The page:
We’ve all heard the adage, “You never get a second chance to make a good first impression.” But let’s place a respectable amount of importance on the last impression as well. The last impression should be a fond farewell that leaves the patient with a sense of clarity, security and overall good feelings about the organization.
I was working with a long term acute care hospital where patients stayed for months. With that length of stay, the patients and staff bonded, becoming like family after a while. When it was time for a patient to leave, the staff would line the halls to say goodbye and wish them well. They would applaud and wave as the patient was wheeled down the hallway and out the door. This was a heartwarming event for both staff and patients.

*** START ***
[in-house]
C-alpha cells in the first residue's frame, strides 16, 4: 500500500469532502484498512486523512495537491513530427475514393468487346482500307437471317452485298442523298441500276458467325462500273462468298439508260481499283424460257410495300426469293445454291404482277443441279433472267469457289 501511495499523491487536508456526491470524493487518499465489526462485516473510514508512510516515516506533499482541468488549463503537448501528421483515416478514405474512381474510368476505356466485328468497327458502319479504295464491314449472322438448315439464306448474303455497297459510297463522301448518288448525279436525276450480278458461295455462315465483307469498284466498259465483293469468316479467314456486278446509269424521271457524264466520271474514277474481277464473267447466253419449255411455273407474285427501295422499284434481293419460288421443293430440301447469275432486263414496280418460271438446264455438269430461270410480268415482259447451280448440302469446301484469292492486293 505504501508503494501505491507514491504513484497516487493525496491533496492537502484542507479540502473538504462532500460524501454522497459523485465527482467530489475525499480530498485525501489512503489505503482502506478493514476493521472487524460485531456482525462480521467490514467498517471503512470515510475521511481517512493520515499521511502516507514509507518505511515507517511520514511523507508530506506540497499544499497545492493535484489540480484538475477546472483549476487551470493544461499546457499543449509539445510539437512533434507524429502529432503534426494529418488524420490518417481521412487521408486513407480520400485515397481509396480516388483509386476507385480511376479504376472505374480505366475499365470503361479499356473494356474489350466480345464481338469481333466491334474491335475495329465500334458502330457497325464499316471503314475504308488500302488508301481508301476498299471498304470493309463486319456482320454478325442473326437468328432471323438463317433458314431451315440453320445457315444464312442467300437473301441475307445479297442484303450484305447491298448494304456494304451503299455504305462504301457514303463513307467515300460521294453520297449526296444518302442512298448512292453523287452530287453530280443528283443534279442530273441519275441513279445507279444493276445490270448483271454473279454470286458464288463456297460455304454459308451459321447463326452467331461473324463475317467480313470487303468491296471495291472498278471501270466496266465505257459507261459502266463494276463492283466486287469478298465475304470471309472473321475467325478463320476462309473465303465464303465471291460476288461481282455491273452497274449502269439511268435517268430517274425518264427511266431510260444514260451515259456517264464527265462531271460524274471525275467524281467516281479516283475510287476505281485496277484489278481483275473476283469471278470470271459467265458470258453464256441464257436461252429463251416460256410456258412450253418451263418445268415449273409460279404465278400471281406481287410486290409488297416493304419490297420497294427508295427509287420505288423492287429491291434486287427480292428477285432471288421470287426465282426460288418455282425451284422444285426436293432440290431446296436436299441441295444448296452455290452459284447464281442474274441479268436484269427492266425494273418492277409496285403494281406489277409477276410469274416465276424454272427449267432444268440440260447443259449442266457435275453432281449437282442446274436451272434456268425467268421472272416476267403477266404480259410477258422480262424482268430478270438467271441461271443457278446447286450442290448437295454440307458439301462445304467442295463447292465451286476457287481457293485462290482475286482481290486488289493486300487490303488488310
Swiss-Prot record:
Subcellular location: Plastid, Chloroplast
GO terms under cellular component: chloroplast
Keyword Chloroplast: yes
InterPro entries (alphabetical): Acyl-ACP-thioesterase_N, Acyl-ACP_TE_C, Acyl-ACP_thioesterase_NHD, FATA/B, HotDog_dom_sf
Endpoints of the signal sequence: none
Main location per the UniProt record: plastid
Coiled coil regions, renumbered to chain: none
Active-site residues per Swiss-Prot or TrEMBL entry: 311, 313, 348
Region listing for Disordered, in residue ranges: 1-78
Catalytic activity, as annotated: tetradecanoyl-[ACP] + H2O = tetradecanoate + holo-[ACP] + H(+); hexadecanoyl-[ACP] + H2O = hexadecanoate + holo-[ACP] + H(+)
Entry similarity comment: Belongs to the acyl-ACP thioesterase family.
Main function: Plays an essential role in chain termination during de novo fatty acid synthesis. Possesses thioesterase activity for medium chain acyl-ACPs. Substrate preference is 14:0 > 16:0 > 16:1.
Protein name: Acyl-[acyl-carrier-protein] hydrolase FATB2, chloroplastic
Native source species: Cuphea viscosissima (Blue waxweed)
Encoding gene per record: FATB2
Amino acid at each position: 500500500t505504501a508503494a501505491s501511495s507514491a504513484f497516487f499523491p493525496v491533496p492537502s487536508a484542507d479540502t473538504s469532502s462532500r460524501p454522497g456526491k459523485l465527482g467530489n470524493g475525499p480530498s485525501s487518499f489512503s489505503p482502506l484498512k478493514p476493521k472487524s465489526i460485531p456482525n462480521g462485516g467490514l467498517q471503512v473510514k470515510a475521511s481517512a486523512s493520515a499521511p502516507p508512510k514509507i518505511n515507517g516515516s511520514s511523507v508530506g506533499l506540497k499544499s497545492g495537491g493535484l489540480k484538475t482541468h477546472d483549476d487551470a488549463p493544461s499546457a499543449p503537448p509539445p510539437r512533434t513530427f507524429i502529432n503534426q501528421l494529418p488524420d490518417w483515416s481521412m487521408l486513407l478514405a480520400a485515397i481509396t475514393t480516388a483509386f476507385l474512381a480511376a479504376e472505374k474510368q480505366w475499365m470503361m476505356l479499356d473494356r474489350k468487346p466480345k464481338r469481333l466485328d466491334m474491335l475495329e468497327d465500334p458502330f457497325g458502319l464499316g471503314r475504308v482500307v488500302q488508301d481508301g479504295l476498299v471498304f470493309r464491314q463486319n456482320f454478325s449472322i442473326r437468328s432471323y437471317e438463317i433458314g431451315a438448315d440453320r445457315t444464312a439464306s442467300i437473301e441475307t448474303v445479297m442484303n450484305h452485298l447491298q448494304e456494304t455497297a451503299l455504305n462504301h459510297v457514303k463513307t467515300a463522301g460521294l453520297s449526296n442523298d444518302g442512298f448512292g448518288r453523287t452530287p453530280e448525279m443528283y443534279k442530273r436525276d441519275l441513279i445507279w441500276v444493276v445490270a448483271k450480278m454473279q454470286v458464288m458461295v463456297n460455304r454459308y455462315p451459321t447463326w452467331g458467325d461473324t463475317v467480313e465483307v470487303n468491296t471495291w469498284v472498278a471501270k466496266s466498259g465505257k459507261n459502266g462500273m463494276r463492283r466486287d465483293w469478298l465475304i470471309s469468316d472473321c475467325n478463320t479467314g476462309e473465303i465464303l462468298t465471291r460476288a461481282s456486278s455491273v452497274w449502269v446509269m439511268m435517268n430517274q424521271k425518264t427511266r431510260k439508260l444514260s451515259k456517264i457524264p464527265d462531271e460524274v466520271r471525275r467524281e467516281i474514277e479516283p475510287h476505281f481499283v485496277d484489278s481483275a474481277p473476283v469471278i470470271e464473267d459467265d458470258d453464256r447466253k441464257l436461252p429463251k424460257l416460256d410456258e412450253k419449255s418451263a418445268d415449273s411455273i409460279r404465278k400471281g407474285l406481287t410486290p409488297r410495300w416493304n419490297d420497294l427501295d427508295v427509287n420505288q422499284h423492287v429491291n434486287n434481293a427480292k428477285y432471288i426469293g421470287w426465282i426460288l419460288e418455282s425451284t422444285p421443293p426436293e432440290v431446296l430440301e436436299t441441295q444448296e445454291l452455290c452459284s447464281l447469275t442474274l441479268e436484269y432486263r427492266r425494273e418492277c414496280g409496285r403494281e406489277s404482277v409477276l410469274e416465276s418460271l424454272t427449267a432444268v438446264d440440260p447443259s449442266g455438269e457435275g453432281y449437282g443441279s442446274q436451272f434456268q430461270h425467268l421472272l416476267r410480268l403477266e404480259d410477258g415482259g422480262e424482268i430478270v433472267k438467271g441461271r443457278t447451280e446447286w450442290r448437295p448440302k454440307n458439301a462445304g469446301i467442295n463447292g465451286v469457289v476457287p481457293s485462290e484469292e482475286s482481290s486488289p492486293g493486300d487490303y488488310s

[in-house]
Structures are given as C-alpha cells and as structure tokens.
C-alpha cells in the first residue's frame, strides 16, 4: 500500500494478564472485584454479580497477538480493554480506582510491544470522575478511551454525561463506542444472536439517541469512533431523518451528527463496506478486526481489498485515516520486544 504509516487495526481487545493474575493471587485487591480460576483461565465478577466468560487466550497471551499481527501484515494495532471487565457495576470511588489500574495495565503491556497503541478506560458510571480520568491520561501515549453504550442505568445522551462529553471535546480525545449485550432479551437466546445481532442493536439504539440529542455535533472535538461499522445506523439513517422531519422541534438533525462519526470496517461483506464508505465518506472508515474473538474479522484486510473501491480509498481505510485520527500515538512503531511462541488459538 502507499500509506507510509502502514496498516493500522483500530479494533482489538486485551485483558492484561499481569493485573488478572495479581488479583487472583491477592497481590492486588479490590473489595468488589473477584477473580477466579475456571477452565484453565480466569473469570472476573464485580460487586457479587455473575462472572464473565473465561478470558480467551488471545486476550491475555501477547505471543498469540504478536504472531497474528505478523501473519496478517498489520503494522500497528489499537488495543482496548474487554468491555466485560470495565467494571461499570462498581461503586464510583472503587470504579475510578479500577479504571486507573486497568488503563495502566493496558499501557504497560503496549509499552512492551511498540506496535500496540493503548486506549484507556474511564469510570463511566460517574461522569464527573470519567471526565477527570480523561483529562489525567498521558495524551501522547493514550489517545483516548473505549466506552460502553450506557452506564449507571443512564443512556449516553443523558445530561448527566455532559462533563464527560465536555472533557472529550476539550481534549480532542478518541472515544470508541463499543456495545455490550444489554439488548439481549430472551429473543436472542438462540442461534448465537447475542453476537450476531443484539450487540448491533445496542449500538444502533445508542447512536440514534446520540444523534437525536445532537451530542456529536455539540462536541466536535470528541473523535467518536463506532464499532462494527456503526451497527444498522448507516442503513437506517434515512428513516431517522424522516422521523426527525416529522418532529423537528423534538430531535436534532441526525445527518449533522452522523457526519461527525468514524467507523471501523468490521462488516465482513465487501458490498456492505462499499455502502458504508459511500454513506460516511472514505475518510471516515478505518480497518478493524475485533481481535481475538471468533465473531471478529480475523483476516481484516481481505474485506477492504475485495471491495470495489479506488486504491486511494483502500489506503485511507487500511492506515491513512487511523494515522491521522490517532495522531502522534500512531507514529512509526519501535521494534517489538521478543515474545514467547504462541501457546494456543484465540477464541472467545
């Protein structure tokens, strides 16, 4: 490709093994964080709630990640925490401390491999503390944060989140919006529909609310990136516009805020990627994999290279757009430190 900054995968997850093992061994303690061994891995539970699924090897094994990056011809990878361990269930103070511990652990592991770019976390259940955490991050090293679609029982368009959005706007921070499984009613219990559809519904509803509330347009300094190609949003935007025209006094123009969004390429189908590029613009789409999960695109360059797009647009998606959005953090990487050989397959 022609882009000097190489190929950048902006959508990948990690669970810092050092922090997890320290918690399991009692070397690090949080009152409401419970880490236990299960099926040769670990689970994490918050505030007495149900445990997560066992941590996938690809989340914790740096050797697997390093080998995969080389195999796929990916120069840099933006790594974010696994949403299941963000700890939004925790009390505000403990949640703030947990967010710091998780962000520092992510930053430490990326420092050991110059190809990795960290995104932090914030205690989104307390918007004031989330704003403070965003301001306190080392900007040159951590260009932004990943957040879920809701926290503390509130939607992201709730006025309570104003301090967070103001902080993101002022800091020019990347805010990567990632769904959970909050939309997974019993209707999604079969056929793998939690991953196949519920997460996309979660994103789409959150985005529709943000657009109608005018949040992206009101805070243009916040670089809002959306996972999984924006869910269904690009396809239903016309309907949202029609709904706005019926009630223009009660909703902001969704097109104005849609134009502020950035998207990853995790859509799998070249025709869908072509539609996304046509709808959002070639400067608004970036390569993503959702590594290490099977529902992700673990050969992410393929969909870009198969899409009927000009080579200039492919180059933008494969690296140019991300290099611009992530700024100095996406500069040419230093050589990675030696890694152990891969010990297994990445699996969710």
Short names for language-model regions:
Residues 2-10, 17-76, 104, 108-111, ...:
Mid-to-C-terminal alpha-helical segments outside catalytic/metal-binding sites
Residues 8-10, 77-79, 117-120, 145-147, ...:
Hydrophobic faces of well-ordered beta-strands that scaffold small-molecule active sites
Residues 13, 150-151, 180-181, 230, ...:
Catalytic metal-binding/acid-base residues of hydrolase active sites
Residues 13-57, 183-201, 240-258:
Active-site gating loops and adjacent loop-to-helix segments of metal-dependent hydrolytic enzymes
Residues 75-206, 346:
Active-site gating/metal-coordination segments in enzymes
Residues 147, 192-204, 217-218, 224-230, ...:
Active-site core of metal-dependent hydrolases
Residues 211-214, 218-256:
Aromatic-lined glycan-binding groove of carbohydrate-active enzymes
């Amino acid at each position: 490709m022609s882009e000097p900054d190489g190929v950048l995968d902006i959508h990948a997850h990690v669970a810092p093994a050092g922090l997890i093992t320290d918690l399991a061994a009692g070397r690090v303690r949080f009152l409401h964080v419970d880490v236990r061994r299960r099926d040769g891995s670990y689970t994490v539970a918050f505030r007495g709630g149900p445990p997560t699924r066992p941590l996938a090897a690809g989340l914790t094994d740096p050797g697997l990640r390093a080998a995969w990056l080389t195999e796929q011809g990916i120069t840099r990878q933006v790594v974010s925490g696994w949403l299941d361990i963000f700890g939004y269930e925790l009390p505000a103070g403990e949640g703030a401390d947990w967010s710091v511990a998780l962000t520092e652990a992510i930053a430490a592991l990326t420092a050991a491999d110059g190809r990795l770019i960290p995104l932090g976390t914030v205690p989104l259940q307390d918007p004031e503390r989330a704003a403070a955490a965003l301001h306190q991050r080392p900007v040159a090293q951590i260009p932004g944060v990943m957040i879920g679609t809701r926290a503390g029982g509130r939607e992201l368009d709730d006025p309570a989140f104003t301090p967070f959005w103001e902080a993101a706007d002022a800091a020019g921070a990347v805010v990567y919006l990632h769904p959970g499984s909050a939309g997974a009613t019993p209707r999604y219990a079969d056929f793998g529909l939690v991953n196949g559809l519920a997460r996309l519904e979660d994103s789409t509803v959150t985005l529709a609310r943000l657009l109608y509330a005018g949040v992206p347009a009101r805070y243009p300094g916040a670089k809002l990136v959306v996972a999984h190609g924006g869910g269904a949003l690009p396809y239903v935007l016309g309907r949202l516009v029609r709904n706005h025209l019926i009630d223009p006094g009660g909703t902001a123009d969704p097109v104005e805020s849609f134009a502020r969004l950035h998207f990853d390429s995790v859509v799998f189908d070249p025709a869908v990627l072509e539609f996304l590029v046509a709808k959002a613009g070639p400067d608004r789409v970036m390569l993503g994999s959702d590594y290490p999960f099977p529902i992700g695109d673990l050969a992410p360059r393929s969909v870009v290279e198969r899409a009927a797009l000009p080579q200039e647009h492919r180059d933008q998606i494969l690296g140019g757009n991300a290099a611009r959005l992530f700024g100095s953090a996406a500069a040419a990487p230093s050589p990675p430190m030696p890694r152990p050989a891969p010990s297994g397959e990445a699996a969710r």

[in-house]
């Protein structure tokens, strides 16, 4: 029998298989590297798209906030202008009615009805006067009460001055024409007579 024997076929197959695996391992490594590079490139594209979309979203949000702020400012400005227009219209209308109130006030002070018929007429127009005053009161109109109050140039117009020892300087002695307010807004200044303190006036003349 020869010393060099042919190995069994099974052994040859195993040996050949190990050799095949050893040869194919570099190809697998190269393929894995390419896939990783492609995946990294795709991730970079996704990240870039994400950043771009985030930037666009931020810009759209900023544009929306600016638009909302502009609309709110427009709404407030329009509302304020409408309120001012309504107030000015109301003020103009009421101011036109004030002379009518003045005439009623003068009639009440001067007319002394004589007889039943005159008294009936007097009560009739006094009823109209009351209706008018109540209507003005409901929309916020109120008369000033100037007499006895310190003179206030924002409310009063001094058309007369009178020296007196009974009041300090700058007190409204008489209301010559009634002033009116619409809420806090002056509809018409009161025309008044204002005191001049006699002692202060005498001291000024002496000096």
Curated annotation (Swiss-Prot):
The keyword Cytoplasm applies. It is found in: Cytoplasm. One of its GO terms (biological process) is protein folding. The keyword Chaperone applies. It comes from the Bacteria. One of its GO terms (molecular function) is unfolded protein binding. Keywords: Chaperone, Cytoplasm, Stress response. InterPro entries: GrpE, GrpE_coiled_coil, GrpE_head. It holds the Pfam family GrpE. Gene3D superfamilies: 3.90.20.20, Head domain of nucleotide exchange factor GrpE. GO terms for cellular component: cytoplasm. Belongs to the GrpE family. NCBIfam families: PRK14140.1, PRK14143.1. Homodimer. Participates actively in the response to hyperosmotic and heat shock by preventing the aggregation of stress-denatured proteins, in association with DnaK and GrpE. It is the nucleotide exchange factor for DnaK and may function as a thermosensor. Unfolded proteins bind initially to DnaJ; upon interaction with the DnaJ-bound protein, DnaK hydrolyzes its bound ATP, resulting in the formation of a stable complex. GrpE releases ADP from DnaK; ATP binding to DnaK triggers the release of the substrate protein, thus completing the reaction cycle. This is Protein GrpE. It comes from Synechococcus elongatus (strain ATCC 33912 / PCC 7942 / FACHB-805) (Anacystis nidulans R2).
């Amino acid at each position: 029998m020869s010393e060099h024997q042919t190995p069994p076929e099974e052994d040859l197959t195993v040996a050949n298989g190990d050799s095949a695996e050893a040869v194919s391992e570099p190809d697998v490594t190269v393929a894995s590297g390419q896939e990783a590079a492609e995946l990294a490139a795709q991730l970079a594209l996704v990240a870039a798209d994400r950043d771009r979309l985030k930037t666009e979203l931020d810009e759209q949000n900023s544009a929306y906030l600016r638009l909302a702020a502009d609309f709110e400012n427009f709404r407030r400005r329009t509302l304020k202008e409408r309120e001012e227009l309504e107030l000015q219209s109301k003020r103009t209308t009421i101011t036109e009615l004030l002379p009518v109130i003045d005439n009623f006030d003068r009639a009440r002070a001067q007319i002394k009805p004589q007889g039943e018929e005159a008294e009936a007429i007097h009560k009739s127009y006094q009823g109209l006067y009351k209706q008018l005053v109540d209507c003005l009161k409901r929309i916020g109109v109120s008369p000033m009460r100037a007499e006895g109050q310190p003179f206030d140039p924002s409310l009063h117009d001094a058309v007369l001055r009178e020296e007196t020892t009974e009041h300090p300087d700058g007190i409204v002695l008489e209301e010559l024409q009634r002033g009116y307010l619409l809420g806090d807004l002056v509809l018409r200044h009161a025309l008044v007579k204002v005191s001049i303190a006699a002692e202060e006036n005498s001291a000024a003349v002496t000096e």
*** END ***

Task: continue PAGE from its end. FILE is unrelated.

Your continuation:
Compare that to one of the most common service debacles in hospitals – the delayed discharge. Families are waiting, bags are packed, the patient has been dressed and ready for hours but the doctor hasn’t written the orders. All plans come to a screeching halt. And after days of impeccable care and positive experiences, this becomes the last memory the patient and family have about their hospital stay. Worst of all, it’s preventable.
Discharge plans begin at the time of admission and yet, poor processes create the last minute scramble and resulting chaos. Organizations that prioritize discharge as an integral part of the patient experience have mastered the process with the goal of making the last impression a good one.
What are you doing to create a fond farewell and a lasting last impression?